2020 has been a volatile year for global stocks, from the coronavirus pandemic hitting every industry across the world to the uncertainty over Brexit compounding equity market action.
The most-searched for share price on Yahoo Search UK range from major banks to cruise-owners — all reflecting the impact the pandemic has had on the largest companies in the world.
The data is comprised of total searches for all Yahoo Search UK users — which includes users not based in the UK but who have chosen to use Yahoo Search UK. Yahoo Search gets billions of searches per year, globally and in the UK we have hundreds of millions of searches and millions of users.
Here are the 10 most commonly searched stock prices in 2020:
10) Premier Oil (PMO.L)
The coronavirus pandemic, like many industries, made a huge impact on the oil industry. With lockdowns, therefore movement restrictions, demand for oil has been hit, sending the stock price for Premier Oil and its peers down drastically.
But it also transpired that it was one of the most shorted stocks in the UK.
9) Walmart (WMT)
Like many staple retailers, Walmart has been considered a “pandemic-proof” stock. As coronavirus has spread across the globe, it has refocused all consumers on essential buying, which everything else considered a “luxury” when job losses mount, economies tank, and movement is heavily restricted.
Walmart, like many other retailers, have doubled down on its online offerings as well to keep consumers connected and buying anything they need from their sofa. This even includes in-app live shopping on TikTok.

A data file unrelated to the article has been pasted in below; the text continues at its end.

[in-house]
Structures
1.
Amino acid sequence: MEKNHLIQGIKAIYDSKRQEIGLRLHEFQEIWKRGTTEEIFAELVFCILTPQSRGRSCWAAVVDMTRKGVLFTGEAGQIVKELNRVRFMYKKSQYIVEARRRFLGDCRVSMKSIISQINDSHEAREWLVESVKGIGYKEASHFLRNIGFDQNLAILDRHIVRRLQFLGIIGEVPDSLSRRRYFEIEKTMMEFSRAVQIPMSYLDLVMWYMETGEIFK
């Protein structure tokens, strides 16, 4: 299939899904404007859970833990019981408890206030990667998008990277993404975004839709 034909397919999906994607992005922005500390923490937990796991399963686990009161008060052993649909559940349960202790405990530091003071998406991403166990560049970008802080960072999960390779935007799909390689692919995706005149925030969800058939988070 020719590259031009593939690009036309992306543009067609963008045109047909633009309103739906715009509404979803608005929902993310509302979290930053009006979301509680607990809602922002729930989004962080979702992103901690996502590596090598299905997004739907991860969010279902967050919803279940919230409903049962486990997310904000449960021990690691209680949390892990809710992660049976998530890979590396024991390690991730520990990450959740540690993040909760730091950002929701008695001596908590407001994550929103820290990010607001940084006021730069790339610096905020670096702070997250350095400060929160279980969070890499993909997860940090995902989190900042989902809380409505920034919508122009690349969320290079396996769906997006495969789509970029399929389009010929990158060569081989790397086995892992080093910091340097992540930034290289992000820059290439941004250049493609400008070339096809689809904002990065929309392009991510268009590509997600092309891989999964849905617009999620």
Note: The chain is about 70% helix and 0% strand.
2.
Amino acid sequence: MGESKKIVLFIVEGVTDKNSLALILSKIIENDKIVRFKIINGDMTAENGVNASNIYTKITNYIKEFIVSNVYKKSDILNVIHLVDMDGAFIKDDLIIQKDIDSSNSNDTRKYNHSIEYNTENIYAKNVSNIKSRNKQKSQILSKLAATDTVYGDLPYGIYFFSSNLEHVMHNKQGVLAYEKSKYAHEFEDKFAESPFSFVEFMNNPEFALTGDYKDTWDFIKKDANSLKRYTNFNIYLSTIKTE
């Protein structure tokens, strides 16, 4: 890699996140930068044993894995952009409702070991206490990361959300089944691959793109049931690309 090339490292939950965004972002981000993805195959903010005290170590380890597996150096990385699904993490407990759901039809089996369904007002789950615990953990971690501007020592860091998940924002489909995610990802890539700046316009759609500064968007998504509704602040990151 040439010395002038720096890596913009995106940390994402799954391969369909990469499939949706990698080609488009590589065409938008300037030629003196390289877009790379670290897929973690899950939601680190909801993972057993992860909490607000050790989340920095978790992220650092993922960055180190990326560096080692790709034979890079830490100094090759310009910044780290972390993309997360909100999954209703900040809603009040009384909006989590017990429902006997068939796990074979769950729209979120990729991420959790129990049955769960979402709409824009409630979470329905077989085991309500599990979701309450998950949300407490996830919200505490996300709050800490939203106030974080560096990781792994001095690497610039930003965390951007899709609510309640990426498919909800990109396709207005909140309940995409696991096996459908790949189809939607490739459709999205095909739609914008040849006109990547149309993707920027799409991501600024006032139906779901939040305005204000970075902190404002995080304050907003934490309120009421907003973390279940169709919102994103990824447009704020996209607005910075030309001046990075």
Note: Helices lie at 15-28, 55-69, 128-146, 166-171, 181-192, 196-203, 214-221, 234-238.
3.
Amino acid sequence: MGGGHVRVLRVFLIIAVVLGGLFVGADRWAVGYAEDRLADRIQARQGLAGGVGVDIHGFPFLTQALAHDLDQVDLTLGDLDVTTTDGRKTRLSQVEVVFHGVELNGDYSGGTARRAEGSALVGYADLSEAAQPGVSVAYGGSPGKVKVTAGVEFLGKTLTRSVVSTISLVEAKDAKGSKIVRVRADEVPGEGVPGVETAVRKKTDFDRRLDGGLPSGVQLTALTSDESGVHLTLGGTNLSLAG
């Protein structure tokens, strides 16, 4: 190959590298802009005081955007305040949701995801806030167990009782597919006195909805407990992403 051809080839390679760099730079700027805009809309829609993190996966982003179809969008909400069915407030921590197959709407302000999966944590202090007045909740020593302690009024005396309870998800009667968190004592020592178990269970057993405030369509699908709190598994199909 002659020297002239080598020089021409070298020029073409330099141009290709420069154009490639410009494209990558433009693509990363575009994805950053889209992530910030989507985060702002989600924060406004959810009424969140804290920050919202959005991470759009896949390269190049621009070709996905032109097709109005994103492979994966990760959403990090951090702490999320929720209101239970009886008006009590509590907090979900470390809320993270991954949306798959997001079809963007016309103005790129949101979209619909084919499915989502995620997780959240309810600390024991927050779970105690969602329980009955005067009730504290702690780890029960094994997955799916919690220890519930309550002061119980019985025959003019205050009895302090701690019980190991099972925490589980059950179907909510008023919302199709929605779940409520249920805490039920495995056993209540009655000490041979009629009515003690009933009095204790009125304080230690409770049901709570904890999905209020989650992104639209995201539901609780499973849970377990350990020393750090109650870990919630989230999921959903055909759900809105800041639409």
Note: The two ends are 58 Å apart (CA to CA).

Meanwhile, on 22 December, Walmart hit the news when the US government accused the retailer of fuelling a nationwide opioid crisis by ignoring warnings from its own pharmacists that the chain wasn’t properly set up to screen painkiller prescriptions in violation of federal regulations.
8) Tesla (TSLA)
It’s is unsurprising seeing Elon Musk’s electric vehicle company make the top 10 in searchable share prices, given the popularity of the stock. According to analysis by investment education firm Invezz, Brits are most interested in investing in Tesla stocks — and same goes for the whole of Europe.
Musk hinted at the second-quarter profit — the company’s fourth consecutive profitable quarter — in a letter to employees in late June. That prompted a 66% surge in the stock over two weeks.
Tesla is expanding globally, with Musk opening a factory in Brandenburg (near Berlin) in Germany for cell production. It would begin with a capacity of around 100 gigawatt hours a year, before increasing to 200 or 250 gigawatt hours a year.
At the time, Musk said: “I’m pretty confident at that point it would be the largest battery-cell plant in the world.”
WATCH: Tesla slumps in S&P 500 debut
7) Carnival (CCL)
The cruise company is unsurprisingly one of the biggest stock losers during the year of COVID-19.
The largest cruise vacation company in the world was showing a growth in revenue was growing before the pandemic hit in March this year, which led to a $4.8bn fall in sales in the fiscal first quarter (period ending 29 February). Carnival cruises became part of the general public awareness when one of its ships were carrying COVID-stricken passengers in March
In the fiscal third quarter ending 31 August, Carnival posted another $2.9bn loss.
WATCH: Biggest US cruise line cancels trips into 2021
6) Aviva (AV.L)
The insurance giant’s stock was hit this year but pared back losses after it said it would reduce its focus on Asia and Europe and will instead focus on Britain, Ireland, and Canada.
The strategic shift was welcomed by analysts and boosted the stock by the summer.
"We are going to shake up the organisation," said Aviva’s CEO Amanda Blanc, who took over in July this year.